What would you give up to pursue your dream?
Giants linebacker David Mayo gave up running water, electricity and anything resembling legroom.
For a semester when he was attending junior college, Mayo lived in a 10 x 15 uninsulated shed in a woman’s backyard in Southern California. And he paid $450 a month for the privilege of doing so.
“L.A. is crazy expensive,” Mayo said by way of explanation. “But it was a great experience.”
The way Mayo sees it, every NFL locker room is filled with crazy stories of what guys did to get there. His journey to the Giants — for whom he has started five games after he was picked up at the start of the season – is as crazy as any of them.
The youngest of seven from a sports-obsessed family in Scappoose, Oregon, Mayo said he decided he was going to be an NFL player when he was in the fourth grade. Problem was, when he was coming out of high school, no Division I school showed any interest in him.
Rather than play for Western Oregon, a Division II school, he decided to enroll in Santa Monica Junior College, which had a reputation of sending players on to FBS programs.
When Mayo started looking for places to live online, he found that studio apartments in the area were going for $1,000 a month, more than double what he could pay. After he placed an “I’ll stay anywhere” ad on Craigslist, he was contacted by a woman who lived five miles from campus.
She offered him a shed in her backyard made out of wood paneling and sitting on a concrete slab. The shed was outfitted with a bed and an ottoman, and she said he could run an extension cord from the house to power a lamp and a space heater. He also could have access to the bathroom and kitchen inside the house.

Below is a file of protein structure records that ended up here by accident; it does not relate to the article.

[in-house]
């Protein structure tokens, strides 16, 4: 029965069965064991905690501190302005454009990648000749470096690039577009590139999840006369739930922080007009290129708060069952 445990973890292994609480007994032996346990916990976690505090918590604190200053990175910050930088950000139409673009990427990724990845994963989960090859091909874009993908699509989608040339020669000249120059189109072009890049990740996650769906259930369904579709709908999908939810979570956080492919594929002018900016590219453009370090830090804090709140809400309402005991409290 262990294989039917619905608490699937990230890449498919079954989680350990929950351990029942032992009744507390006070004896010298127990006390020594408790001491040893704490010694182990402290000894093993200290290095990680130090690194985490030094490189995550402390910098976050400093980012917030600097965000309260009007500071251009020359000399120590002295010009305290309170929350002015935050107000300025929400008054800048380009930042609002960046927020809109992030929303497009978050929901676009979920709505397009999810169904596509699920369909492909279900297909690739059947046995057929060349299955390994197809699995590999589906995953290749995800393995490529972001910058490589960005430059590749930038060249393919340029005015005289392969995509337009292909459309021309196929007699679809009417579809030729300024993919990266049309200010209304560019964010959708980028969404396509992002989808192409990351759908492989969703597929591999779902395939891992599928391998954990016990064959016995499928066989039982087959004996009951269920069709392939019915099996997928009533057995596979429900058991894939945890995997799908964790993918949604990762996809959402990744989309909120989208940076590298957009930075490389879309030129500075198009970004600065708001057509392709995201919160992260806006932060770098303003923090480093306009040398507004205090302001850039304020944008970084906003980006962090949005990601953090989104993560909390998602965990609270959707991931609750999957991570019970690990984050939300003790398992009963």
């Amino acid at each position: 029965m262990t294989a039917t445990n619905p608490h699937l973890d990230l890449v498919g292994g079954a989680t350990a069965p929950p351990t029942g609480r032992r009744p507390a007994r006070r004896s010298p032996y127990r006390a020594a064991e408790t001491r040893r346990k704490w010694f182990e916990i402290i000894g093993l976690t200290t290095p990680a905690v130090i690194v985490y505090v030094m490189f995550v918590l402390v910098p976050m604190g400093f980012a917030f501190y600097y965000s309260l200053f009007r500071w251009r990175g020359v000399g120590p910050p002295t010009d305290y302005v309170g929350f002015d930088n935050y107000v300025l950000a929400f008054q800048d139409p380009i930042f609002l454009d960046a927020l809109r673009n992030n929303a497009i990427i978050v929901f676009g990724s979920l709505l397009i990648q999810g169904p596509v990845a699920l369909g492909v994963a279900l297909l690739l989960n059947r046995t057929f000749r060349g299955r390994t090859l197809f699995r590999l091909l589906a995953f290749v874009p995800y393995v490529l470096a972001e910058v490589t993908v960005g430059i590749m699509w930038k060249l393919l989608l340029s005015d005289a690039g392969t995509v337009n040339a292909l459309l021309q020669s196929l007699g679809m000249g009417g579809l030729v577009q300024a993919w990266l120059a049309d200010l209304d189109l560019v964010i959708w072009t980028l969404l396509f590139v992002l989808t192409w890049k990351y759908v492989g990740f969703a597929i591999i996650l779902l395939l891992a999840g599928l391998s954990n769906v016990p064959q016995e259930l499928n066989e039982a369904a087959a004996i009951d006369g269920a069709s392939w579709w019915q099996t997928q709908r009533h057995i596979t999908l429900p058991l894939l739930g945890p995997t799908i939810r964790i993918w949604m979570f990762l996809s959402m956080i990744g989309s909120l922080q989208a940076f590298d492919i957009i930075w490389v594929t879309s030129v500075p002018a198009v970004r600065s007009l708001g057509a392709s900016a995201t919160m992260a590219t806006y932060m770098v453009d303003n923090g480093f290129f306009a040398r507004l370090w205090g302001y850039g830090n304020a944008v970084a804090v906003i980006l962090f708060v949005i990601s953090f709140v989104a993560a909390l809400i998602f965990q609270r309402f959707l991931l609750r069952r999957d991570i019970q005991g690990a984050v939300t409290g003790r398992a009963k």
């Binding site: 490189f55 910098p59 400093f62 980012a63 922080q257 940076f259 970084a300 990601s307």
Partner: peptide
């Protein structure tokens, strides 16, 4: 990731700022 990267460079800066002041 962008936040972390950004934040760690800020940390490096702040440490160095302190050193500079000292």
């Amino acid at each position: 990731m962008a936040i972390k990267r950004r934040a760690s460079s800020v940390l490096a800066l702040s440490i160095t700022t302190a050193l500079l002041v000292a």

“I just went for it,” Mayo said.
Mayo made 68 tackles in his year at Santa Monica in 2011 and garnered interest from exactly one school, Texas State, which was adding 22 new scholarships as it made the transition to an FBS program. Mayo had an impressive senior season there and ended up being a fifth-round draft pick of the Carolina Panthers in 2015.
Fast-forward to this fall. Mayo had just signed a two-year contract with the 49ers and moved his family to the Bay Area. Then, on Aug. 31, he was cut. The Giants signed him two days later.
“A part of being a pro is even when you don’t know when your opportunity is going to come, you have to be ready when your opportunity does come up,” the 6-2, 240-pounder said. “That’s what I’ve focused on my entire career.”
Giants general manager Dave Gettleman was the general manager of the Panthers when they drafted Mayo. The thought was he would be a top-notch special-teams player and someone who could fill in in emergencies.
After a rash of injuries, Mayo was elevated to a starter in Week 4. His best game came against the Patriots in Week 6 when he made a career-high 13 tackles and had a half sack.
“I love what David Mayo has done, I really do,” Giants defensive coordinator James Bettcher said the week after the Patriots game. “He’s come and worked his tail off. David’s another guy that loves the game. This guy really loves the game, he’s tough, he’s physical.”
Mayo feels as if he has found a home with the Giants — a real home, not the sort of place where he needs an extension cord to charge his cellphone. And he wouldn’t change anything about his journey here.
“It’s wild, but it’s a blessing,” Mayo said. “A lot of guys have the same dream I did. And one thing goes wrong, or one mess-up, or you’re one injury away from that dream not being achieved. One call away from it not being achieved. If Texas State had not given me my offer, the only school that did, who knows where I would be? Or if I was at a different [junior college], would I succeed there? You just never know.
“This whole journey is just crazy, so I’m very blessed.”